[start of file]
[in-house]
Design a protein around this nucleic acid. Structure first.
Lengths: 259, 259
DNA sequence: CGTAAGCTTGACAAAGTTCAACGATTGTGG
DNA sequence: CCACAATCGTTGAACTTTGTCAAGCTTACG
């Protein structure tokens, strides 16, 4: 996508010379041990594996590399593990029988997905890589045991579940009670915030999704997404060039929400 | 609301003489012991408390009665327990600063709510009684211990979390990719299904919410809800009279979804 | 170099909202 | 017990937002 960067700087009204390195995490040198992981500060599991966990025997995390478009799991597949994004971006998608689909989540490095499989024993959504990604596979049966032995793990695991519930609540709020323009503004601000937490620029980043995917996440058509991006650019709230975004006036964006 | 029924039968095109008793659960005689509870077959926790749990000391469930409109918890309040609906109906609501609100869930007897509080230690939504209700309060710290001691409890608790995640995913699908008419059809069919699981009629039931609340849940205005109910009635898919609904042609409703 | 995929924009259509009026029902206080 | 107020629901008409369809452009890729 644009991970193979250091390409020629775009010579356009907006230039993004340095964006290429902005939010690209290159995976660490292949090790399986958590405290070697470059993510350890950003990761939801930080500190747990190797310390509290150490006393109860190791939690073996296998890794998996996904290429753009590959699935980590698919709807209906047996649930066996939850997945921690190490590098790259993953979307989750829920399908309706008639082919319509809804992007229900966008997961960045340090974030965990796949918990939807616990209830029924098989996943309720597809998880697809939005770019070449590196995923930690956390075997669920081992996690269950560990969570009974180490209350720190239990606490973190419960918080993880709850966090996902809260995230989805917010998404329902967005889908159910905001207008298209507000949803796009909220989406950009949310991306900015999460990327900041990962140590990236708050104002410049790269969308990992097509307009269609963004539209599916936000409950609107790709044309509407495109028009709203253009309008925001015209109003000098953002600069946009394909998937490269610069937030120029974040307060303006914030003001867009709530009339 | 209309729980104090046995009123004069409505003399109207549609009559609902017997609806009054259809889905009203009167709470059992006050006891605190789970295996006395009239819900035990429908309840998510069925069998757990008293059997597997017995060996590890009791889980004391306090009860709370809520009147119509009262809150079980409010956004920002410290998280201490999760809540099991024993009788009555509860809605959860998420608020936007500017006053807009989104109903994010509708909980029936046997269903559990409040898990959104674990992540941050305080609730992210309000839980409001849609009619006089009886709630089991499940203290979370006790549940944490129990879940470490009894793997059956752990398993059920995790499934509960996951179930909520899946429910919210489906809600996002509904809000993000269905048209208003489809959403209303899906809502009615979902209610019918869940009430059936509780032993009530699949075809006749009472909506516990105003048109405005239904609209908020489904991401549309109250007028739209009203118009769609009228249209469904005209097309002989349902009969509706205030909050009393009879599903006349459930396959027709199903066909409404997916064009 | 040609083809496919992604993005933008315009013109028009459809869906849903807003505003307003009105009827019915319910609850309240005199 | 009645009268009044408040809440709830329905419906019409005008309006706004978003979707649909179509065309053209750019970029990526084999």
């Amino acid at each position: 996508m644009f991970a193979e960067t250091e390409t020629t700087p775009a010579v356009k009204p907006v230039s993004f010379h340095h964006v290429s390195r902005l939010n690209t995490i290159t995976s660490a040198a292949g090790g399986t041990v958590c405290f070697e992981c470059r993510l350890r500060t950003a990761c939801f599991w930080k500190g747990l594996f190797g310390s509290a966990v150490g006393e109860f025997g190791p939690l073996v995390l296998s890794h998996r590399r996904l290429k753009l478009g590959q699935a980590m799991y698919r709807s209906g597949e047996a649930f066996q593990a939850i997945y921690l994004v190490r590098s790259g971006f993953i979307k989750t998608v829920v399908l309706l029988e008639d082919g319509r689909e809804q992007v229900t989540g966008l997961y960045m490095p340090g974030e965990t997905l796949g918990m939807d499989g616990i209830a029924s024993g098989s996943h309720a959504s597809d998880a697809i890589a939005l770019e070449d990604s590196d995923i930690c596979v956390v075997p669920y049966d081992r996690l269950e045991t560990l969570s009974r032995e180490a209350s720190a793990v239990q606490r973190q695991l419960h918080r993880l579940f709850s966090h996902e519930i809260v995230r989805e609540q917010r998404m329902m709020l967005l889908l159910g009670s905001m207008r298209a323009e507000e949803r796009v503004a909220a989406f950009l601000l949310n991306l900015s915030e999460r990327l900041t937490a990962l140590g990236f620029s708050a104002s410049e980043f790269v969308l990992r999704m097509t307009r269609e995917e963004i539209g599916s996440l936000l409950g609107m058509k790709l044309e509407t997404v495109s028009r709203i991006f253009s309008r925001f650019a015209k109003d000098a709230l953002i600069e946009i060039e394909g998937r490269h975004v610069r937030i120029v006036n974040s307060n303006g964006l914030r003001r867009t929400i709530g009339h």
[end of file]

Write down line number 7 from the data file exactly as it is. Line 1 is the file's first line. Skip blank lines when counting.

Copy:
């Amino acid at each position: 996508m644009f991970a193979e960067t250091e390409t020629t700087p775009a010579v356009k009204p907006v230039s993004f010379h340095h964006v290429s390195r902005l939010n690209t995490i290159t995976s660490a040198a292949g090790g399986t041990v958590c405290f070697e992981c470059r993510l350890r500060t950003a990761c939801f599991w930080k500190g747990l594996f190797g310390s509290a966990v150490g006393e109860f025997g190791p939690l073996v995390l296998s890794h998996r590399r996904l290429k753009l478009g590959q699935a980590m799991y698919r709807s209906g597949e047996a649930f066996q593990a939850i997945y921690l994004v190490r590098s790259g971006f993953i979307k989750t998608v829920v399908l309706l029988e008639d082919g319509r689909e809804q992007v229900t989540g966008l997961y960045m490095p340090g974030e965990t997905l796949g918990m939807d499989g616990i209830a029924s024993g098989s996943h309720a959504s597809d998880a697809i890589a939005l770019e070449d990604s590196d995923i930690c596979v956390v075997p669920y049966d081992r996690l269950e045991t560990l969570s009974r032995e180490a209350s720190a793990v239990q606490r973190q695991l419960h918080r993880l579940f709850s966090h996902e519930i809260v995230r989805e609540q917010r998404m329902m709020l967005l889908l159910g009670s905001m207008r298209a323009e507000e949803r796009v503004a909220a989406f950009l601000l949310n991306l900015s915030e999460r990327l900041t937490a990962l140590g990236f620029s708050a104002s410049e980043f790269v969308l990992r999704m097509t307009r269609e995917e963004i539209g599916s996440l936000l409950g609107m058509k790709l044309e509407t997404v495109s028009r709203i991006f253009s309008r925001f650019a015209k109003d000098a709230l953002i600069e946009i060039e394909g998937r490269h975004v610069r937030i120029v006036n974040s307060n303006g964006l914030r003001r867009t929400i709530g009339h």